These examples illustrate just some of the ways the impact fees can be structured. However they are imposed though, creating predictability for developers is vitality important. Setting the impact fee rate at the time of first application allows developers to deduct the cost earlier in the development process by factoring them into their pro formas–a pro forma is the building industry term for a set of financial calculations that spits out a projected financial return for a real estate proposal. This can be highly useful in discounting them at the property acquisition or contract purchase stage, for instance.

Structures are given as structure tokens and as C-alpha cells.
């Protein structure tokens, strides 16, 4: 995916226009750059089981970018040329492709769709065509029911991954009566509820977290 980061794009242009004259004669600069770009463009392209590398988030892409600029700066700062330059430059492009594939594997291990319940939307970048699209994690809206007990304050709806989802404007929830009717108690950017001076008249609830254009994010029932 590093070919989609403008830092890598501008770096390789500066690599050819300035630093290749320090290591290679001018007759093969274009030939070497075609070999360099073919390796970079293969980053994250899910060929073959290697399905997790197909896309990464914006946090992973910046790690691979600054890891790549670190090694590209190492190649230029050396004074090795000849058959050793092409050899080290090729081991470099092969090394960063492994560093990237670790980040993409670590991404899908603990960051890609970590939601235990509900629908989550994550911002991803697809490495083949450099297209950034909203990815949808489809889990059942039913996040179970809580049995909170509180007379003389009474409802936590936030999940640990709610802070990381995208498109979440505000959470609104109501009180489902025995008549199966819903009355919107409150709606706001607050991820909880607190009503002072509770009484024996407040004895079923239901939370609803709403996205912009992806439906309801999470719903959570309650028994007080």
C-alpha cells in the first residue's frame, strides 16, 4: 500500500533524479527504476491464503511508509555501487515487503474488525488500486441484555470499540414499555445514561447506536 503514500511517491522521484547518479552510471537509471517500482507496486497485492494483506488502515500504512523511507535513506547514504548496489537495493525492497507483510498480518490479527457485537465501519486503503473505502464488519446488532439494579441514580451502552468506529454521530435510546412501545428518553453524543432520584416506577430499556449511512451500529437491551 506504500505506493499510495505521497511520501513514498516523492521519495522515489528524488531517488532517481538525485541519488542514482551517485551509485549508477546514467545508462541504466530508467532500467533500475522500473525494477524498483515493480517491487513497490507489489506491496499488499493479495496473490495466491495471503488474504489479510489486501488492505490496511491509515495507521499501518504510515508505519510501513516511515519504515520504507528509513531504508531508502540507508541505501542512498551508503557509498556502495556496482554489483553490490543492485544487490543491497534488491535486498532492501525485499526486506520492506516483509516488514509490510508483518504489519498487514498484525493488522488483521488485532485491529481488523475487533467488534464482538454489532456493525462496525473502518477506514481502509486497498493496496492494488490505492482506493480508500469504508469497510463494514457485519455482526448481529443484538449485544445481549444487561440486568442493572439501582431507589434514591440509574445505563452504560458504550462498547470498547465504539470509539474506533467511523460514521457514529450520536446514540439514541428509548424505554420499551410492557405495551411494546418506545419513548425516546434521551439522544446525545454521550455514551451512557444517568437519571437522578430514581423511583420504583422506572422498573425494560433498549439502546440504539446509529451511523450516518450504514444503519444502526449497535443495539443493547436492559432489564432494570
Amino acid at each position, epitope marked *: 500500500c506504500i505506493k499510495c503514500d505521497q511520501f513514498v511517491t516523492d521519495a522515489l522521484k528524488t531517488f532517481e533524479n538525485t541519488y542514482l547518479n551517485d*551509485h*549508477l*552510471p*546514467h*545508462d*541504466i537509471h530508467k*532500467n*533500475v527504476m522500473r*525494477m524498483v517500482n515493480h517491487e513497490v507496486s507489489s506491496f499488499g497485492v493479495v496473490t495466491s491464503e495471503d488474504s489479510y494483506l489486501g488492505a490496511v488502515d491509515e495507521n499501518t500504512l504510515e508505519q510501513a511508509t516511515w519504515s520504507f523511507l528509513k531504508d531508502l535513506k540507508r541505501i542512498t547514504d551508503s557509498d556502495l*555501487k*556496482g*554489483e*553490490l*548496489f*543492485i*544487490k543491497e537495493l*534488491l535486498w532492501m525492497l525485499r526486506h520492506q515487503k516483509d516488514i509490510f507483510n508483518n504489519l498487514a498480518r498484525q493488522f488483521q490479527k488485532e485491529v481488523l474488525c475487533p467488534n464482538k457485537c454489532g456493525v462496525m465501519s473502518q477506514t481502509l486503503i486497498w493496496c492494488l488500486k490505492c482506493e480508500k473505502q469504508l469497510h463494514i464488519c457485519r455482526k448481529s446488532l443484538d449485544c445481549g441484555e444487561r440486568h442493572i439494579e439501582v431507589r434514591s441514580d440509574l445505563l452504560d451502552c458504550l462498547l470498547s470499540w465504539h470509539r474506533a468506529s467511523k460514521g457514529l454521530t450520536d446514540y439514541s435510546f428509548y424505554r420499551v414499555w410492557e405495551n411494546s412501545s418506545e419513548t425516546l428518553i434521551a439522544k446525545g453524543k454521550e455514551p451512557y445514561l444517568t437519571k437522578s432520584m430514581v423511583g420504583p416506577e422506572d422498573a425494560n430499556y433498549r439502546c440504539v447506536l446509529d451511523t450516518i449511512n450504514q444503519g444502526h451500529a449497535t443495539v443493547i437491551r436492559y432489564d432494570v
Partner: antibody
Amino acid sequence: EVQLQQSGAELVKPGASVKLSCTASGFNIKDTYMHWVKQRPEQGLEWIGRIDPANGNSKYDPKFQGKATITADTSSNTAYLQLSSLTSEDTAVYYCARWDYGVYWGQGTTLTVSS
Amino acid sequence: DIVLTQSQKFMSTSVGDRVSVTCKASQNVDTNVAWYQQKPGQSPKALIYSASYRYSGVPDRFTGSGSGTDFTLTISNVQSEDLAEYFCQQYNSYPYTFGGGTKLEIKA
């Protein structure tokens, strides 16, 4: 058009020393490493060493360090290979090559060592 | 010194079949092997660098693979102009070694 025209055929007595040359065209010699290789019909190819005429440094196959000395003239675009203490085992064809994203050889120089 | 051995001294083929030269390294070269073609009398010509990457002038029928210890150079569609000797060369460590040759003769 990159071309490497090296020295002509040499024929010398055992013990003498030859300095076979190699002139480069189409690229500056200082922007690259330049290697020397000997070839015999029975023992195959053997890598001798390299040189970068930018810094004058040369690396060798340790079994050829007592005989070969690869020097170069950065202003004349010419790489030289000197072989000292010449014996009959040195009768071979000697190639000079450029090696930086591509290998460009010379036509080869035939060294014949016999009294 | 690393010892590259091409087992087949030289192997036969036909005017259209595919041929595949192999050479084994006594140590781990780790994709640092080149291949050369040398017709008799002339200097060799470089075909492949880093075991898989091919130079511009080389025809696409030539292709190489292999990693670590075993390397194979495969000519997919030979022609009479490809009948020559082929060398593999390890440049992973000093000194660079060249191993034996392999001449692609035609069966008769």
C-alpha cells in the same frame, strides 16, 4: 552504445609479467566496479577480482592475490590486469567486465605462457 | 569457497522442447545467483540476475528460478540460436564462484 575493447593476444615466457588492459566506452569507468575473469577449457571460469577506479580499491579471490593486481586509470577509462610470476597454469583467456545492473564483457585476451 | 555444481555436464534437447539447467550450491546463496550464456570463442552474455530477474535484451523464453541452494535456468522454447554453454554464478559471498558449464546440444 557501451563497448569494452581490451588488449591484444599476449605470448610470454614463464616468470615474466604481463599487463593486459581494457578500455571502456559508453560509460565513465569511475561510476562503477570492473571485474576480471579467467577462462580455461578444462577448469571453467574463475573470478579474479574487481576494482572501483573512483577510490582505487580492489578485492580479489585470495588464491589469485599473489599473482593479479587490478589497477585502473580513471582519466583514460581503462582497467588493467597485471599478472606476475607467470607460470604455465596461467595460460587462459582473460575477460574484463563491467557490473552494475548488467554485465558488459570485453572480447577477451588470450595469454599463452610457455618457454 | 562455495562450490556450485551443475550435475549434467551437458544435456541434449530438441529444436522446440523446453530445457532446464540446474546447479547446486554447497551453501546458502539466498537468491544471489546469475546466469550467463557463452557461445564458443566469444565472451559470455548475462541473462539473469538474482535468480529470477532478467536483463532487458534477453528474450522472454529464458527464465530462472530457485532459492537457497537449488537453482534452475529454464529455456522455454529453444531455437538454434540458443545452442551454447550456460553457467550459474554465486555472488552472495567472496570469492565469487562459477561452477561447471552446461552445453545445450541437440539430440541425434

Many jurisdictions, however, choose to set applicable impact fees at the time of building permit issuance, in part because of the fact that larger developments can drag on for several years after submission of a land use application and may not reflect changes that have occurred under CFPs, which may alter impact fee assumptions and costs.
As Seattle evaluates the impact fee issue further, these considerations will be important to weigh in developing the city’s own structure.
Stephen is a professional urban planner in Puget Sound with a passion for sustainable, livable, and diverse cities. He is especially interested in how policies, regulations, and programs can promote positive outcomes for communities. With stints in great cities like Bellingham and Cork, Stephen currently lives in Seattle. He primarily covers land use and transportation issues and has been with The Urbanist since 2014.